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Pediatr Pathol Mol Med. 2001 Nov-Dec;20(6):471-500.

Synthesis and post-translational processing of surfactant protein C.

Author information

1
Division of Neonatology, Thomas Jefferson University School of Medicine, Philadelphia, Pennsylvania 19104-6061, USA.

Abstract

Traditional thinking about surfactant proteins has centered around their effects on the biophysical properties of surfactant phospholipids. Accumulated data now suggests that the four major surfactant proteins (SPs) are a biochemically and functionally diverse group of mammalian peptides that have function beyond modification of alveolar surface tension. Alveolar SP-C (SP-C3.7, Mr 21,000) is 35 amino acid peptide isolated from lung surfactant that is synthesized and processed from a 191-197 amino acid precursor (proSP-C21). Although its solubility in organic solvents and avidity for lipid membranes impart properties important for its biophysical activity, SP-C represents a structurally and functionally challenging protein for the alveolar type II cell that must synthesize and traffic the peptide through the regulated secretory pathway. Despite technical and analytical difficulties imposed by its unique structure, our current understanding of SP-C biosynthesis has evolved over the past 10 years. Recent data now require us to consider proSP-C21 as a hybrid molecule incorporating structural and functional features both of bitopic integral membrane proteins as well us more classically recognized propeptide hormones. Our article highlights major developments related to characterization of molecular and cellular mechanisms underlying expression, post-translational processing, and targeting of proSP-C21 that result in production of secreted SP-C3.7.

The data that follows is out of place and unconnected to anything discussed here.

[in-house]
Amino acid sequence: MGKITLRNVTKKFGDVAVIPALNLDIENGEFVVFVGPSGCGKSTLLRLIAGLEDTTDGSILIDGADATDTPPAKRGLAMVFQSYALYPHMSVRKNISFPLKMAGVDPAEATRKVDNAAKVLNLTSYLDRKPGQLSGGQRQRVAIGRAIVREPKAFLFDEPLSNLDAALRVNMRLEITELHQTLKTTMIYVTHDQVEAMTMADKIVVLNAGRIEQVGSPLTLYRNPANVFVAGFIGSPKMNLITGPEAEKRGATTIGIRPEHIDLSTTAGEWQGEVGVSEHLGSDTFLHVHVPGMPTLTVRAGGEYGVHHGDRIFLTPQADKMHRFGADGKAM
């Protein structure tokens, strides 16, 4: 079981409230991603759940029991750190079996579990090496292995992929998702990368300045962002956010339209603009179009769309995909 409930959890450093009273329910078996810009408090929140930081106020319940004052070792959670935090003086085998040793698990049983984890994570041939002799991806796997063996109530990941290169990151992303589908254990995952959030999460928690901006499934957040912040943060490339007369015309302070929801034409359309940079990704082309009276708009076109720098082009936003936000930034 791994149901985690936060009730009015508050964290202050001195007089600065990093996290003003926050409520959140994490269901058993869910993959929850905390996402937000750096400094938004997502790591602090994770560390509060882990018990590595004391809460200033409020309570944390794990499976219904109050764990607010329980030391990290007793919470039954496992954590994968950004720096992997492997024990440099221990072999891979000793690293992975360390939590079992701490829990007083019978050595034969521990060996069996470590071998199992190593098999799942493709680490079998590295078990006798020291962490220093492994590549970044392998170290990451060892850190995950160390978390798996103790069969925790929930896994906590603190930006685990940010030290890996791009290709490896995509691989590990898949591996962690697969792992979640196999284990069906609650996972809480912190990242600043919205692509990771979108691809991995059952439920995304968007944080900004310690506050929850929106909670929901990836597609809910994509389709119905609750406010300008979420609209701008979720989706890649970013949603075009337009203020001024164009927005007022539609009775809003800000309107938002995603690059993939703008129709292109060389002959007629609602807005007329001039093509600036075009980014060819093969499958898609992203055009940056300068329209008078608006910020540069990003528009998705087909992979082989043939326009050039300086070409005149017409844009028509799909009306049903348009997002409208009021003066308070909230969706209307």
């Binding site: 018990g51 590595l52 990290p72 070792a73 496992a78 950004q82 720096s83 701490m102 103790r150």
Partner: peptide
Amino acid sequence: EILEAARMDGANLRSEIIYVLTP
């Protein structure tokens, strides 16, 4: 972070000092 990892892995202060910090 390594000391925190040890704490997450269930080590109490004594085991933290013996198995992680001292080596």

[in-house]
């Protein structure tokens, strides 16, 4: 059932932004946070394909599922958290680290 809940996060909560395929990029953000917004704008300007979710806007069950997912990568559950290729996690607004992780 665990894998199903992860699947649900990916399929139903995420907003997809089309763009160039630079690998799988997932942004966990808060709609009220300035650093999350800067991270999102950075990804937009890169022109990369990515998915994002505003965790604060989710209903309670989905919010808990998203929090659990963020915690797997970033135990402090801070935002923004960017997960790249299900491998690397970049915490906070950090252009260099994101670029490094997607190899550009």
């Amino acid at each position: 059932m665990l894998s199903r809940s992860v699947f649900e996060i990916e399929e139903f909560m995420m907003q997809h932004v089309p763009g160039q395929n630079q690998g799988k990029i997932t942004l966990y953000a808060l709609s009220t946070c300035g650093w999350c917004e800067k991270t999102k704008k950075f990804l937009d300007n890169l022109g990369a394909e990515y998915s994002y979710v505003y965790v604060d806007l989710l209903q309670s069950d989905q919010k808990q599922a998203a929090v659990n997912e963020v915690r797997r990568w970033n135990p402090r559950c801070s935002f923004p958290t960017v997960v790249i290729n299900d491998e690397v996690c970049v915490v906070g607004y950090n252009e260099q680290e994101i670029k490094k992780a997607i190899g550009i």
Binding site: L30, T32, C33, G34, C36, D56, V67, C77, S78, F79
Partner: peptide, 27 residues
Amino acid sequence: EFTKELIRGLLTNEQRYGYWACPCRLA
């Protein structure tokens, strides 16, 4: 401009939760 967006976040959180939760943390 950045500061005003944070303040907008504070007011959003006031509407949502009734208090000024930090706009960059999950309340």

PMID:
11699575
[Indexed for MEDLINE]

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